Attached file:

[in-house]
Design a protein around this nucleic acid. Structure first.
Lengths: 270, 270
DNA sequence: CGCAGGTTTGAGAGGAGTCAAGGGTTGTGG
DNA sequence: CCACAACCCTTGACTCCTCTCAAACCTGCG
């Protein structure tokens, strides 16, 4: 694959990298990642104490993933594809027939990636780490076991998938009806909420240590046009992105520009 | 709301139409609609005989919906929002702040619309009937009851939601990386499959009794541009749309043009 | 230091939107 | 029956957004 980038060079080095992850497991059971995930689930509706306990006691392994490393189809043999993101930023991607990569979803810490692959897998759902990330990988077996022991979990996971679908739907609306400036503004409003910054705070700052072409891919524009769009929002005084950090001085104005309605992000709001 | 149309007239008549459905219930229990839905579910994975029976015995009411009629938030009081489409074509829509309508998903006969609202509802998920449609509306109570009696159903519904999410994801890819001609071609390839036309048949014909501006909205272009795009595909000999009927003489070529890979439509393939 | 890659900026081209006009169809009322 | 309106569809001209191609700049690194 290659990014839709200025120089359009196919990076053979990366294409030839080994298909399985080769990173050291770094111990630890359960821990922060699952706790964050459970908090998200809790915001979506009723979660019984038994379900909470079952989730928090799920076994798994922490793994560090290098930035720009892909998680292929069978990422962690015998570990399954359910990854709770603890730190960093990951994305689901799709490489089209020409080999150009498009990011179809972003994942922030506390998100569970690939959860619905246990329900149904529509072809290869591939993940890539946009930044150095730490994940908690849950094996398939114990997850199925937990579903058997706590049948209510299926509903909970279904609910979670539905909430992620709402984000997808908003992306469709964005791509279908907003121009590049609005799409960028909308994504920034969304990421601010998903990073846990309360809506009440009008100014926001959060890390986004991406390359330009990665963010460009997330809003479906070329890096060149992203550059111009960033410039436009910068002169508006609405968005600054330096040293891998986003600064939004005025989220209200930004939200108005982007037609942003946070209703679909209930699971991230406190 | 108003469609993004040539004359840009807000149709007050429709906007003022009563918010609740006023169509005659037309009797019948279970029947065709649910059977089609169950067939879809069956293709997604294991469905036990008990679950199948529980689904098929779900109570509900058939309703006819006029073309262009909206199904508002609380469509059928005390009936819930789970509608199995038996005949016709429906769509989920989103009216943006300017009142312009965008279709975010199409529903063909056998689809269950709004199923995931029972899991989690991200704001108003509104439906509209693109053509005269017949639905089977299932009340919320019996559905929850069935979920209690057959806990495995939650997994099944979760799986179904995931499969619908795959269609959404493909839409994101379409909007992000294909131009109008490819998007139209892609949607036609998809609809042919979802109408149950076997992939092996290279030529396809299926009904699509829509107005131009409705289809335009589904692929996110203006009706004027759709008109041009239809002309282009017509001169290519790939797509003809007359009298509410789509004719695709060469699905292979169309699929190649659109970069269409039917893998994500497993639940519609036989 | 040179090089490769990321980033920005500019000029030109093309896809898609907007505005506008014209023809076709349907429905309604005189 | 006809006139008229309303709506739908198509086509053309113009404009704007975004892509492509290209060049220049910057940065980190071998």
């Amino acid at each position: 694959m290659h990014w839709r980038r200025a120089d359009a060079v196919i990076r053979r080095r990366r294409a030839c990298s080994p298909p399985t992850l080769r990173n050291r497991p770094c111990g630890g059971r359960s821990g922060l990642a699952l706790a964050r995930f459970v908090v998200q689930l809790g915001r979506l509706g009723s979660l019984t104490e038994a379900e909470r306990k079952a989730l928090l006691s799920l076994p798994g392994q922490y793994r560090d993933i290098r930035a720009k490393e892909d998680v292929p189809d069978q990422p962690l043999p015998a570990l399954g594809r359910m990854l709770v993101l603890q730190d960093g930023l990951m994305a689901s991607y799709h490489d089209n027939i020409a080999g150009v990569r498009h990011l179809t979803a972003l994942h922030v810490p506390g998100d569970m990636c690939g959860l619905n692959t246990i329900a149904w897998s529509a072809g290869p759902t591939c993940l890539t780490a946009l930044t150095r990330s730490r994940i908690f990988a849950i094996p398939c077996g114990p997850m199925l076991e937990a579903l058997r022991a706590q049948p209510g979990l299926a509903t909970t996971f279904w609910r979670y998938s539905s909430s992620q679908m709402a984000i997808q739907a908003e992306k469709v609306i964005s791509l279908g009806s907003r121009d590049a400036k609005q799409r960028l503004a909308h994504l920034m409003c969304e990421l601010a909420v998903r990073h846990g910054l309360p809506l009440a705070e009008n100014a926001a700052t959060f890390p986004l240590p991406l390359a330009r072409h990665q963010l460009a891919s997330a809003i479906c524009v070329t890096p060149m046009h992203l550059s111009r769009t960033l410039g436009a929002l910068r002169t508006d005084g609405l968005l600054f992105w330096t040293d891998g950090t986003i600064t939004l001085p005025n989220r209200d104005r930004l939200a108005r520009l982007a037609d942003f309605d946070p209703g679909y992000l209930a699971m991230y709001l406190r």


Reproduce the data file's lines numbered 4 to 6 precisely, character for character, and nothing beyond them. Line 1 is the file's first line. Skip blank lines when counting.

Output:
DNA sequence: CGCAGGTTTGAGAGGAGTCAAGGGTTGTGG
DNA sequence: CCACAACCCTTGACTCCTCTCAAACCTGCG
């Protein structure tokens, strides 16, 4: 694959990298990642104490993933594809027939990636780490076991998938009806909420240590046009992105520009 | 709301139409609609005989919906929002702040619309009937009851939601990386499959009794541009749309043009 | 230091939107 | 029956957004 980038060079080095992850497991059971995930689930509706306990006691392994490393189809043999993101930023991607990569979803810490692959897998759902990330990988077996022991979990996971679908739907609306400036503004409003910054705070700052072409891919524009769009929002005084950090001085104005309605992000709001 | 149309007239008549459905219930229990839905579910994975029976015995009411009629938030009081489409074509829509309508998903006969609202509802998920449609509306109570009696159903519904999410994801890819001609071609390839036309048949014909501006909205272009795009595909000999009927003489070529890979439509393939 | 890659900026081209006009169809009322 | 309106569809001209191609700049690194 290659990014839709200025120089359009196919990076053979990366294409030839080994298909399985080769990173050291770094111990630890359960821990922060699952706790964050459970908090998200809790915001979506009723979660019984038994379900909470079952989730928090799920076994798994922490793994560090290098930035720009892909998680292929069978990422962690015998570990399954359910990854709770603890730190960093990951994305689901799709490489089209020409080999150009498009990011179809972003994942922030506390998100569970690939959860619905246990329900149904529509072809290869591939993940890539946009930044150095730490994940908690849950094996398939114990997850199925937990579903058997706590049948209510299926509903909970279904609910979670539905909430992620709402984000997808908003992306469709964005791509279908907003121009590049609005799409960028909308994504920034969304990421601010998903990073846990309360809506009440009008100014926001959060890390986004991406390359330009990665963010460009997330809003479906070329890096060149992203550059111009960033410039436009910068002169508006609405968005600054330096040293891998986003600064939004005025989220209200930004939200108005982007037609942003946070209703679909209930699971991230406190 | 108003469609993004040539004359840009807000149709007050429709906007003022009563918010609740006023169509005659037309009797019948279970029947065709649910059977089609169950067939879809069956293709997604294991469905036990008990679950199948529980689904098929779900109570509900058939309703006819006029073309262009909206199904508002609380469509059928005390009936819930789970509608199995038996005949016709429906769509989920989103009216943006300017009142312009965008279709975010199409529903063909056998689809269950709004199923995931029972899991989690991200704001108003509104439906509209693109053509005269017949639905089977299932009340919320019996559905929850069935979920209690057959806990495995939650997994099944979760799986179904995931499969619908795959269609959404493909839409994101379409909007992000294909131009109008490819998007139209892609949607036609998809609809042919979802109408149950076997992939092996290279030529396809299926009904699509829509107005131009409705289809335009589904692929996110203006009706004027759709008109041009239809002309282009017509001169290519790939797509003809007359009298509410789509004719695709060469699905292979169309699929190649659109970069269409039917893998994500497993639940519609036989 | 040179090089490769990321980033920005500019000029030109093309896809898609907007505005506008014209023809076709349907429905309604005189 | 006809006139008229309303709506739908198509086509053309113009404009704007975004892509492509290209060049220049910057940065980190071998």